Your website is often the first interaction that a user has with your brand. That is why we give so much attention to impressions when we get started with a strategic foundation, UX design and the front end design. First impressions are crucial, emotional design, mobile friendliness, an intuitive interface and usability are paramount.
Even with all these issues in mind, the website cannot live up to its potential if it does not encourage visitors to take action.
Conversion Rate Optimization
The conversion rate of your website directly influences your return on your investment. It is therefore worth investigating and discovering how much your current website encourages its users to take the next step in your business relationship. Conversions are simply actions that you want the user to take on your website, such as filling in a contact form or pressing a call to action button.
1. A clear Value Proposition
Our goal is to quickly and effectively convince the visitor that your company is the solution they are looking for. Companies often fall for the “peacock” trap - they try to fill their home pages with what makes them different and effective, causing you to lose the user (and thus your message / objective).
A better approach is to write a clear, concise value proposition for your homepage. Add this to a minimalist, well-designed homepage with an attractive graphic, and your user is encouraged to continue to the next step.
2. Demographic responsive design
Nowadays everyone is familiar with the concept of responsive design and the importance of this on conversion rates. According to eMarketer, more than half of respondents reported to a recent survey that they would not buy from a brand that offers a poorly designed mobile experience. In our era of data and personalization, designing goes far beyond mobile web design; demographic-responsive design. Considering that each generation has unique characteristics that we can respond to. For example, we know that in general millennials are idealists and generation Z is more cynical. With the power of demographic responsive design, we can take both features into account.
3. Is the homepage dead?
We are already through this paradigm shift, the homepage is dead. In today's marketing landscape, the homepage has become less relevant, especially when combined with demographically based responsive design. Rather than a central home page, consider creating landing pages that are indexed around demographics, location, or other relevant metrics. In practice, landing pages are made for different goals and demographers, so you can be sure that you are providing relevant information.
4. Clear Call To Actions
If your website does not make conversions, it may just be because your Call To Actions are not clear enough. A good CTA leads the user to the next step in the goal they want to achieve and tells them that they are on the right track. There can be several reasons that your CTA is confusing or ineffective;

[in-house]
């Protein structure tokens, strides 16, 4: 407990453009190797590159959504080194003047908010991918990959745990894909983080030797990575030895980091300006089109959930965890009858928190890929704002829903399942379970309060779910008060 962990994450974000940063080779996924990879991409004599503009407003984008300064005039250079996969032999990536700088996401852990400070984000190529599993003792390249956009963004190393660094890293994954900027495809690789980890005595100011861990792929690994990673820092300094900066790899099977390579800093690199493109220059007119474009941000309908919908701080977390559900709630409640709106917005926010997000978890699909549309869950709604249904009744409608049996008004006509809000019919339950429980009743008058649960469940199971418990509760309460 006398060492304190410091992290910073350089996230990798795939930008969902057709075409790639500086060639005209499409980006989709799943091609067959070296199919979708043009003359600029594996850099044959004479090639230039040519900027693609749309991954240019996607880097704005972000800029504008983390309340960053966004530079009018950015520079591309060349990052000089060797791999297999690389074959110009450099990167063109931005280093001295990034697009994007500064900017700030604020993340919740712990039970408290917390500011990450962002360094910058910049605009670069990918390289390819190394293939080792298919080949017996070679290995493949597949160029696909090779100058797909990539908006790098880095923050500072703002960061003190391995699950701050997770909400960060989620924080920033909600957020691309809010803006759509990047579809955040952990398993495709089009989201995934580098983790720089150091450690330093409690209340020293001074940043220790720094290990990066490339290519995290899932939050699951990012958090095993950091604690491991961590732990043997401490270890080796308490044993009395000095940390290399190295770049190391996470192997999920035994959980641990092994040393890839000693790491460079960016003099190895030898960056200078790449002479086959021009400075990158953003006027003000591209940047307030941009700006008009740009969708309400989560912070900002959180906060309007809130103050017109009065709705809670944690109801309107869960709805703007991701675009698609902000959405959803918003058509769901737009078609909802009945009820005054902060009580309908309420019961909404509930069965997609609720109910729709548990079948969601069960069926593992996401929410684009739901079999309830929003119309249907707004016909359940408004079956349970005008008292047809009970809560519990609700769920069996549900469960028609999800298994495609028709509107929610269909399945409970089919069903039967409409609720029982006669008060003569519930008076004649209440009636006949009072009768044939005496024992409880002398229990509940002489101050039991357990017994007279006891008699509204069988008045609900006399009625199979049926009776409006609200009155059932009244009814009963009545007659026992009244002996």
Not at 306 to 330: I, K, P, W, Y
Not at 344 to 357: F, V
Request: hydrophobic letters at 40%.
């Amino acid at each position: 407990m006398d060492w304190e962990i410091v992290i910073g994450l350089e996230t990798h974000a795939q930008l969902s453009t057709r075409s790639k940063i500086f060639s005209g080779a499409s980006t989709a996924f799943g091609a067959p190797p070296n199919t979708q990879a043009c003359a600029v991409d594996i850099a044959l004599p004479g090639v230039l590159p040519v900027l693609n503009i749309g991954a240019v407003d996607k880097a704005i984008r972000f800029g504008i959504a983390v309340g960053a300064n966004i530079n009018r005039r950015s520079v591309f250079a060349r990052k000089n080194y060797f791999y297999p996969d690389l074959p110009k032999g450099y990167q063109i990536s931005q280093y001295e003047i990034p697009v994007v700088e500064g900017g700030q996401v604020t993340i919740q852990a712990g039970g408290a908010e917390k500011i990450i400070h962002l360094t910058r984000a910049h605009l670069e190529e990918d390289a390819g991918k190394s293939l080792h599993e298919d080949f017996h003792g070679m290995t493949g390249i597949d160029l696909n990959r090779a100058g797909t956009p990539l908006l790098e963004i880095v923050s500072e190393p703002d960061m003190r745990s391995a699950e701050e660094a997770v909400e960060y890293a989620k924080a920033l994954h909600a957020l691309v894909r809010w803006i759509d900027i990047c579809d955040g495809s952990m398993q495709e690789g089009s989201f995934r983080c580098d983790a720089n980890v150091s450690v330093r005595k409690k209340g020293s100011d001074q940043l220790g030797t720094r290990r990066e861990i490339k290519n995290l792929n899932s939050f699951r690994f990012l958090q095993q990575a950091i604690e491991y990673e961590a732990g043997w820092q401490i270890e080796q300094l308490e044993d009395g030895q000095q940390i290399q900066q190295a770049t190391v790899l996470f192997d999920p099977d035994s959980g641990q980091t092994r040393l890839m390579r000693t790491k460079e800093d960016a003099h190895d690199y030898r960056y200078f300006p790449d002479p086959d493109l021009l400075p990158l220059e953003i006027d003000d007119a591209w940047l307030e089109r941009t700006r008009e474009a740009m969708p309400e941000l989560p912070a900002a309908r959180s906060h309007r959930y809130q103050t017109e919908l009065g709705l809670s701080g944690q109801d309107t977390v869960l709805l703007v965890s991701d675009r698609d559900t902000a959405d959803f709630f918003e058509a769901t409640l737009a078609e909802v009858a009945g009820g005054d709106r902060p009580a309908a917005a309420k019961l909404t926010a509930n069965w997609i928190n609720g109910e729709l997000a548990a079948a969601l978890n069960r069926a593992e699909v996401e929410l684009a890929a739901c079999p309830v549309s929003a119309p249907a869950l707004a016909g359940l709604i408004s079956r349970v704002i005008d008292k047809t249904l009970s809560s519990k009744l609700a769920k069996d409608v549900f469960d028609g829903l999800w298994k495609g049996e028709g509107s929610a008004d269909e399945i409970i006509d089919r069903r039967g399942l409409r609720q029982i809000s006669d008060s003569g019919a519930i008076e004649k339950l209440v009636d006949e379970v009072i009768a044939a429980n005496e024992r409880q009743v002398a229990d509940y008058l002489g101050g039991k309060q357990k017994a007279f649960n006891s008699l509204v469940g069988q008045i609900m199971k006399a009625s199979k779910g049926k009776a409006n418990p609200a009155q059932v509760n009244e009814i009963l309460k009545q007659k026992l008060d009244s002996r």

- It's too confusing. If you put too much information in your CTA, your users may wonder if they are doing the right thing. Even worse, they can be convinced that you are not what they are looking for.
- It's too random. "Find out more." "Contact us." "Get on." While these CTAS are simple, they don't offer as much to a user as a more descriptive CTA opportunity. Enticing users to continue is an important aspect of your CTA.
- They are too hard to find. Suppose you have a well-worded, descriptive CTA, but your design gets lost due to poor design. This problem can be solved by using dominant colors, animated buttons or typography that distinguishes it. Don't let your user search.
5. Keep it simple
In design, we talk a lot about simplicity and how important it is for a successful website or user experience. The reason for this, in addition to aesthetics, is scientific evidence.
The people of marketing or design background are no doubt familiar with Gestalt psychology and principles, which aim to explain how our brains maintain order and perception in our chaotic world. One of the main principles of this discipline is Pragnanz's Law, or literally translated from German, “the law of conciseness”. This principle says that we desire a logical order, and thus organize our experiences in the simplest way. Instinctively, we like simplicity because it leaves less room for the element of surprise.
If you want to have an example of this concept, you can take the “fear” associated with a major purchase, such as a house or a car, which requires a ton of paperwork and which (especially for someone who has never done it) often the steps are unclear compared to a purchase on a website like bol.com or amazon. Here you can view the order history, print return labels and even set the delivery time, even for large purchases or orders arranged by third parties without further insight.
The internet increasingly focuses on user behavior and real experiences; understanding users and engaging in dialogue with our users is more important than ever. Websites must be more than functional, while remaining attractive and clear, with a user experience that focuses on conversion optimization.
Simplicity will always win from pages inundated with information, this "information overload" will confuse the user. Of course, we always include this quest for simplicity (less is more) and the importance of conversion optimization in our design process. For us that is a “website that works”.